I’ll leave you with the words of Rudyard Kipling: ‘If history were taught in the form of stories, it would never be forgotten.’

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Attitudes meet actions: how does Britain feel about disability?

The game changers

joeJoe Hall is National Campaigns Manager at Scope

As part of developing our next campaign, we’re trying to build a clearer picture of what’s happening in Britain in 2013 and how it’s affecting disabled people’s lives. We’ve just completed two pieces of research to begin finding the answers to some big questions.

1. What are the public’s attitudes to disabled people in Britain today?

One of the main aims for our campaign is to shift negative attitudes. Disabled people have told us for a long time that this is a problem. Last year, around the time of the Paralympics, surveys pointed to an improvement in the way the public thought of disability. But you don’t change attitudes in a fortnight and a year on, disabled people and their families say we need to challenge ignorance, prejudice and especially the belief that many disabled people are ‘benefit scroungers’.

We recently worked with Opinium to run a survey of more than a thousand people, gauging their knowledge of and attitudes to disability. There’s some sobering reading in the early results.

  • Most people believe disabled people face some prejudice. It’s thought-provoking that there is awareness – and could be useful as a basis for getting the public behind campaigns for change.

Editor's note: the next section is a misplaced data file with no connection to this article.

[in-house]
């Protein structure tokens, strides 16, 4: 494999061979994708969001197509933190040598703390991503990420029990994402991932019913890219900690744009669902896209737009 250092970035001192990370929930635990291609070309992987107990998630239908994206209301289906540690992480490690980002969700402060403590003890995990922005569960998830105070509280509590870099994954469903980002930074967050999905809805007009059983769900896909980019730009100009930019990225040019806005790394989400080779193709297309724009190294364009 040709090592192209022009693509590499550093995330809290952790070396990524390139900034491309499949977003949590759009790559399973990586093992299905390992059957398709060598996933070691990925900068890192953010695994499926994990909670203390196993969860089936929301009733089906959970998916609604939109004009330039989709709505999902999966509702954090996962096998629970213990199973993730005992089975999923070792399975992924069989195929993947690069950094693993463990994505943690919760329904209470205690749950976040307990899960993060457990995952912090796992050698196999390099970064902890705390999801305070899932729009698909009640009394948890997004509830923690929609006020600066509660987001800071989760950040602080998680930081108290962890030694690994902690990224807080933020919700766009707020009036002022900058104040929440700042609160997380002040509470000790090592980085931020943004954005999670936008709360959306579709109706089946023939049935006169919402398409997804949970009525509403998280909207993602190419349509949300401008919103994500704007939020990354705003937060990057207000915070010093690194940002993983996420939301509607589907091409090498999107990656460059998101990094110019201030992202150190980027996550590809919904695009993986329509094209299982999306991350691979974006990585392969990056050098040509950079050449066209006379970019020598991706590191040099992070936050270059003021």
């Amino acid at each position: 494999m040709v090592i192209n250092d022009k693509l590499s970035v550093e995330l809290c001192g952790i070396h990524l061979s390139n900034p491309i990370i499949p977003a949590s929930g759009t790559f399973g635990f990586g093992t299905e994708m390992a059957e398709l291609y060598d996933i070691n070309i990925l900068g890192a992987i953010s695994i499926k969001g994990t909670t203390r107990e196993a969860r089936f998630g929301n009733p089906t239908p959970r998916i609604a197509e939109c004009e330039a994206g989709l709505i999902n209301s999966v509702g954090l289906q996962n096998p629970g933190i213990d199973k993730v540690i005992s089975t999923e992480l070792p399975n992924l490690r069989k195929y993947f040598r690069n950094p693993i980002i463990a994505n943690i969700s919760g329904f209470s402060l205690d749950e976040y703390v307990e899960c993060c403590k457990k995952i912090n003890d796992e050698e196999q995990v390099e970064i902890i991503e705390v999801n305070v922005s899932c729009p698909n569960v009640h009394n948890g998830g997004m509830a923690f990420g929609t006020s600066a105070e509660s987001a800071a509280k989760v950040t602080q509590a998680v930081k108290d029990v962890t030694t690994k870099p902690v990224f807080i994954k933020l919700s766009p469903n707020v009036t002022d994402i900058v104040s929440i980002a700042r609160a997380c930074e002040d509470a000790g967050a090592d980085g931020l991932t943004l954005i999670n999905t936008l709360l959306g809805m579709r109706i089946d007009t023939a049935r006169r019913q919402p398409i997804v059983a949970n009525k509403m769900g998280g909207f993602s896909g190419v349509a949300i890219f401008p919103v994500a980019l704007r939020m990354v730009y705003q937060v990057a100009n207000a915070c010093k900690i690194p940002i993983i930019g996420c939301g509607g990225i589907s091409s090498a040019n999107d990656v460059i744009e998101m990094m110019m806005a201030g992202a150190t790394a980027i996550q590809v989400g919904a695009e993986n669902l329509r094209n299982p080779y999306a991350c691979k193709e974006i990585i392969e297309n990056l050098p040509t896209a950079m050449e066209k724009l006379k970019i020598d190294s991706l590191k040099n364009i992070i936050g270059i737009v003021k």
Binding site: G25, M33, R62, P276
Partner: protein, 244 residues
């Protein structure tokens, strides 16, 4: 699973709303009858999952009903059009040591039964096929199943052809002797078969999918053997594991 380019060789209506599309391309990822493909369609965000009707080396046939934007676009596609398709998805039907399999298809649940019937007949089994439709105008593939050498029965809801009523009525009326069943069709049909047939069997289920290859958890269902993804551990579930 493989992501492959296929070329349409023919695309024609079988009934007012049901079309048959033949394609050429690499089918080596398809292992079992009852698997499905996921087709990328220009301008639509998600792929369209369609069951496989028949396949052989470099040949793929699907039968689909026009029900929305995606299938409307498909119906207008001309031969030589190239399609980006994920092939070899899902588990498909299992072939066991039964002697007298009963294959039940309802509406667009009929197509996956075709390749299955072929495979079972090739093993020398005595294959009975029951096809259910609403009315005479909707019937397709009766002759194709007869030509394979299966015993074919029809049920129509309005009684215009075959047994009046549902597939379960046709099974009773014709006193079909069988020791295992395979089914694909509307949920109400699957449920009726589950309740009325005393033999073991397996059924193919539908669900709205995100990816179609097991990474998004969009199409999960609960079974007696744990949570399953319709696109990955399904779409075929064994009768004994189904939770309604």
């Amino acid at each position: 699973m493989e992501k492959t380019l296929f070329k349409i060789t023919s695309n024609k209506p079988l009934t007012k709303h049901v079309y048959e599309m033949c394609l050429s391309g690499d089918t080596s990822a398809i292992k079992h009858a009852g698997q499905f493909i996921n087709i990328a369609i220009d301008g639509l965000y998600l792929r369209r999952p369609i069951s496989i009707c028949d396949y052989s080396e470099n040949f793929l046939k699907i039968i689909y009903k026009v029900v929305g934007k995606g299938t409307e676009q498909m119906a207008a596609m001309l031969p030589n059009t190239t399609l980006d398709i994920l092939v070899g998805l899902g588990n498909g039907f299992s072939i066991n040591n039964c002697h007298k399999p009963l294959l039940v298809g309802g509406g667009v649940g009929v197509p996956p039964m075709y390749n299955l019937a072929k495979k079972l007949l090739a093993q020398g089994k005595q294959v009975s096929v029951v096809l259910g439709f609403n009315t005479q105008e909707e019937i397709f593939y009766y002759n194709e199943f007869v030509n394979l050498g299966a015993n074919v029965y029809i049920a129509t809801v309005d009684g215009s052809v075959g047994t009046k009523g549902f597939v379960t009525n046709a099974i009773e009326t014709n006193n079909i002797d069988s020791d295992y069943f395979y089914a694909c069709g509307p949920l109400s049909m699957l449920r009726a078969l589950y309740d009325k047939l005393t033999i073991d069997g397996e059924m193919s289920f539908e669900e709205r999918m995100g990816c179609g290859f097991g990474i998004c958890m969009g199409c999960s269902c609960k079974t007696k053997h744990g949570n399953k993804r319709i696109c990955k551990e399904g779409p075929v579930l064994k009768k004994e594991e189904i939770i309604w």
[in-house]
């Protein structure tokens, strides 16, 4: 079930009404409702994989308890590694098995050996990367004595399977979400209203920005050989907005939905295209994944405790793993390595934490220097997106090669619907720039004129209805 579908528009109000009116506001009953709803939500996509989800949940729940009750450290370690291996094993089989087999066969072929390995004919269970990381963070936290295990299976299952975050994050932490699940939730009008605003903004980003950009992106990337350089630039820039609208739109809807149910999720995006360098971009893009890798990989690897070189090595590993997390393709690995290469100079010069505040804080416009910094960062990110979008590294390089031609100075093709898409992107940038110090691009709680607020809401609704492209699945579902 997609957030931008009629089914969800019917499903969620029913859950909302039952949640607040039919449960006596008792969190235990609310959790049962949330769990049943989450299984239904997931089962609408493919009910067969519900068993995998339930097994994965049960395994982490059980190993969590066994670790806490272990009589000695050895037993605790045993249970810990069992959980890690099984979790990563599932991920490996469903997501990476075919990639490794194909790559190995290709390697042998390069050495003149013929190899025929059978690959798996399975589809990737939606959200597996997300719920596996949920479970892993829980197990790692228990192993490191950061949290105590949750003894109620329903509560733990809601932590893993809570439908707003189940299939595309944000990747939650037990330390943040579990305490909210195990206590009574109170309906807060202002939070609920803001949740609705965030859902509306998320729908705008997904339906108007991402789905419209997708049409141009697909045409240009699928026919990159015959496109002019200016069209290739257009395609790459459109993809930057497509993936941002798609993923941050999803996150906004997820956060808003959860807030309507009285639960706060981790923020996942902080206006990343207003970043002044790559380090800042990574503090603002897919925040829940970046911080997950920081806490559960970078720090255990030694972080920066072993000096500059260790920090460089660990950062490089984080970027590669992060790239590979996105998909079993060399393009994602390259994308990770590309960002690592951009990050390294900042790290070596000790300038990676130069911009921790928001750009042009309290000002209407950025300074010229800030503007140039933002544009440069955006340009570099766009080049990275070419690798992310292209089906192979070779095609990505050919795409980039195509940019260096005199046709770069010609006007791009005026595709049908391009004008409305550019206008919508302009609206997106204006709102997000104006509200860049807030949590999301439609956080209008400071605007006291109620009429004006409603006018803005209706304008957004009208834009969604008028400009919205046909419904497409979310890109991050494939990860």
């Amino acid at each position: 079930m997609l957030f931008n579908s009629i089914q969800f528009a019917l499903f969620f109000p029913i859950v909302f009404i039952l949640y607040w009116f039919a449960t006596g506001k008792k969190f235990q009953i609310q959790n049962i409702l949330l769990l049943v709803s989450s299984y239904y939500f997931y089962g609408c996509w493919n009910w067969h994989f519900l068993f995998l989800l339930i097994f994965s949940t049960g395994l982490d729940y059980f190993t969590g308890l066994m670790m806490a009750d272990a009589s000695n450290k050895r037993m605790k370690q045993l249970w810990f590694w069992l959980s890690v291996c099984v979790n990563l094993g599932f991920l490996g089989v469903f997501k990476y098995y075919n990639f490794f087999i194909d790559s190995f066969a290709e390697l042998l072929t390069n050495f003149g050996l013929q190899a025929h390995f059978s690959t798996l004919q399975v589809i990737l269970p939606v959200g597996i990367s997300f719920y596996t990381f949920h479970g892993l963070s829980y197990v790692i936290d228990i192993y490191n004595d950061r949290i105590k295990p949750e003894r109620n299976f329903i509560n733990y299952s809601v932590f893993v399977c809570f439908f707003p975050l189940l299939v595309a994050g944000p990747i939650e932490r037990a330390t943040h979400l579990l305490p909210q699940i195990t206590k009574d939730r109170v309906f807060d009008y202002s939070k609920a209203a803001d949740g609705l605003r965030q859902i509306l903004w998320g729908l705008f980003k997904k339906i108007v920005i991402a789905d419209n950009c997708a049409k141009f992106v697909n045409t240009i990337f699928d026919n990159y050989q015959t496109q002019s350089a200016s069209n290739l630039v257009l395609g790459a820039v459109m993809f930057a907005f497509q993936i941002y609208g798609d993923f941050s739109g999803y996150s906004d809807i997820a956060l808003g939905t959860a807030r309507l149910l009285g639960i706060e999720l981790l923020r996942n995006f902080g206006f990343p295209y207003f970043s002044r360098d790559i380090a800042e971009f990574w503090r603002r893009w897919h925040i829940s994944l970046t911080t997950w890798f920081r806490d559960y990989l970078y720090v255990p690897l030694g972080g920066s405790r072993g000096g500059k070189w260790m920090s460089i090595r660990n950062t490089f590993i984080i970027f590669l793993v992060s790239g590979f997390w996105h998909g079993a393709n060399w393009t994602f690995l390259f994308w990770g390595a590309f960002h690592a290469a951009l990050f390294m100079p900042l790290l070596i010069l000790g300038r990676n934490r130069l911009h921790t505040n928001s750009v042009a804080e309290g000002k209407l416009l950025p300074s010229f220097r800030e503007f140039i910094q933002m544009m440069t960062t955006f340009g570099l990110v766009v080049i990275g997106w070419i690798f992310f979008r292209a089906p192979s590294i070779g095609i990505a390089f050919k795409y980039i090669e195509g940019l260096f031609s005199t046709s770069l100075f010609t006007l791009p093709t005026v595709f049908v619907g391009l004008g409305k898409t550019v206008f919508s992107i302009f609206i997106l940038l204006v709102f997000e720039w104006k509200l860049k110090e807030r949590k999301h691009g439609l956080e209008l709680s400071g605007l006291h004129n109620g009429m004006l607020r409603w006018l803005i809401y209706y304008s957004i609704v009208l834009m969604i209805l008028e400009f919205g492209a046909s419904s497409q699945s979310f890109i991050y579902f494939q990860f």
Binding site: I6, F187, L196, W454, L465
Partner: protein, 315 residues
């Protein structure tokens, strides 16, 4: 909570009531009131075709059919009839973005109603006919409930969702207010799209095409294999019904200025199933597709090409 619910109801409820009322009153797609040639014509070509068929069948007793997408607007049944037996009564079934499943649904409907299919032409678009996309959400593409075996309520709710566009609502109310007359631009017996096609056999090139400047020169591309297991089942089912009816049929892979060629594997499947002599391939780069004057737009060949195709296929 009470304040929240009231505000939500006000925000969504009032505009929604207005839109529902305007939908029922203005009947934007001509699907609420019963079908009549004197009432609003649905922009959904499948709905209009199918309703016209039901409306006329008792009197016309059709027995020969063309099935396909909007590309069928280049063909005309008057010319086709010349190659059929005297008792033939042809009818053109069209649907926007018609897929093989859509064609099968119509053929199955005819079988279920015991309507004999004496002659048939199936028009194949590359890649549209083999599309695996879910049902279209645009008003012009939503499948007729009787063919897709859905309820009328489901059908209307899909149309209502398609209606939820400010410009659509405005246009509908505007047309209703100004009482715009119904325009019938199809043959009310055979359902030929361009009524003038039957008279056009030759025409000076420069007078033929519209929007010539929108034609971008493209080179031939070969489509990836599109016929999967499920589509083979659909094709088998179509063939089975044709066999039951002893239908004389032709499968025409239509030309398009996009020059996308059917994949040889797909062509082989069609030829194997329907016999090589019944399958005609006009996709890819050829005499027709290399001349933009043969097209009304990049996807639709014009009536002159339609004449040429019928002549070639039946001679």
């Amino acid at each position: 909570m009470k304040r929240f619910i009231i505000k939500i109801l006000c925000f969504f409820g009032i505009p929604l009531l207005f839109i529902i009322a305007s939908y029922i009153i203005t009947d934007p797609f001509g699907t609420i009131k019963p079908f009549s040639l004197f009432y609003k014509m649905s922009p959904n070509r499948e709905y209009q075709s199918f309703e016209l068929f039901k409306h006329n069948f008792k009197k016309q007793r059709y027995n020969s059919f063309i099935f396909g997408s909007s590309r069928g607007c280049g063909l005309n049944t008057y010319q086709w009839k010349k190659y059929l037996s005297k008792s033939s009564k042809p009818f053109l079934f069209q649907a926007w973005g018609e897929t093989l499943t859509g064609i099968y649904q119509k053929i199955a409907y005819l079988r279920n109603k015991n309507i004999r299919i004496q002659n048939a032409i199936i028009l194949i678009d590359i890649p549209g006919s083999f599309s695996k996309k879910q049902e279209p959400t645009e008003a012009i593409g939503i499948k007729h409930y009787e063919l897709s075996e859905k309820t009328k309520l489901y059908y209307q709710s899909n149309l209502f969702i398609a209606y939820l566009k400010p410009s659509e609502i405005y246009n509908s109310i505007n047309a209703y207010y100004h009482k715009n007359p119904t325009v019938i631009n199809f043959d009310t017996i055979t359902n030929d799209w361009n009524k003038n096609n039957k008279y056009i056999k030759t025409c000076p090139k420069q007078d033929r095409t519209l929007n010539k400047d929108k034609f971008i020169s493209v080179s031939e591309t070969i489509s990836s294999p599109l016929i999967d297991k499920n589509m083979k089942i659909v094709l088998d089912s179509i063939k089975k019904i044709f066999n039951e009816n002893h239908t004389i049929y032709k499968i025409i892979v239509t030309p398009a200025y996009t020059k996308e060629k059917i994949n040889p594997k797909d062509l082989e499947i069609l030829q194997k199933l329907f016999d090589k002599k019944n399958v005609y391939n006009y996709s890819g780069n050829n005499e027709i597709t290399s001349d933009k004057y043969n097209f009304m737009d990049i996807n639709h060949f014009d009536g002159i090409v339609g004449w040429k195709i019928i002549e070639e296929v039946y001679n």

• Nearly half the respondents said that some or most of the time they have a negative view of disabled people – whether it’s feeling disabled people are ‘getting in the way’, ‘not as productive’ (linked to the idea of ‘benefit scroungers’) or feeling ‘discomfort and awkwardness’ around them. It’s striking as people often tend to give more positive answers in surveys – answering what they think they ‘should’ say, not being this blunt.
  • Dig a little deeper and people admitted to being especially uncomfortable around learning difficulties and mental health issues.

The results show that not everyone thinks the same, and this could tell us where we need to focus our efforts.

  • The initial findings indicate that if you’re younger, a man, better off and / or live in urban areas in the Midlands and South-East, you tend to have the most negative attitudes towards disabled people.
  • Conversely women, older people, those less well off, people in the North and Scotland, are all more likely to have more positive views of disabled people.

What shapes people’s attitudes?

It’s likely to be a mix of things that influence each person. But it’s revealing that the vast majority of people had little or very little knowledge of disability and many said they didn’t have a close relationship with a disabled person.

Hold this evidence about public attitudes in your head as you get the flipside.

2. How does this fit with disabled people’s experiences?

The other main aim of our campaign is to influence the next Government to improve disabled people’s standard of living. That means the things we all need and expect, like:

  • being supported when we’re young
  • having a decent education
  • having a good job
  • making our own decisions
  • having enough money to live and being able to save for our future.

If you’re disabled, too often you don’t get a fair shot at these.

Why do disabled people think this is happening?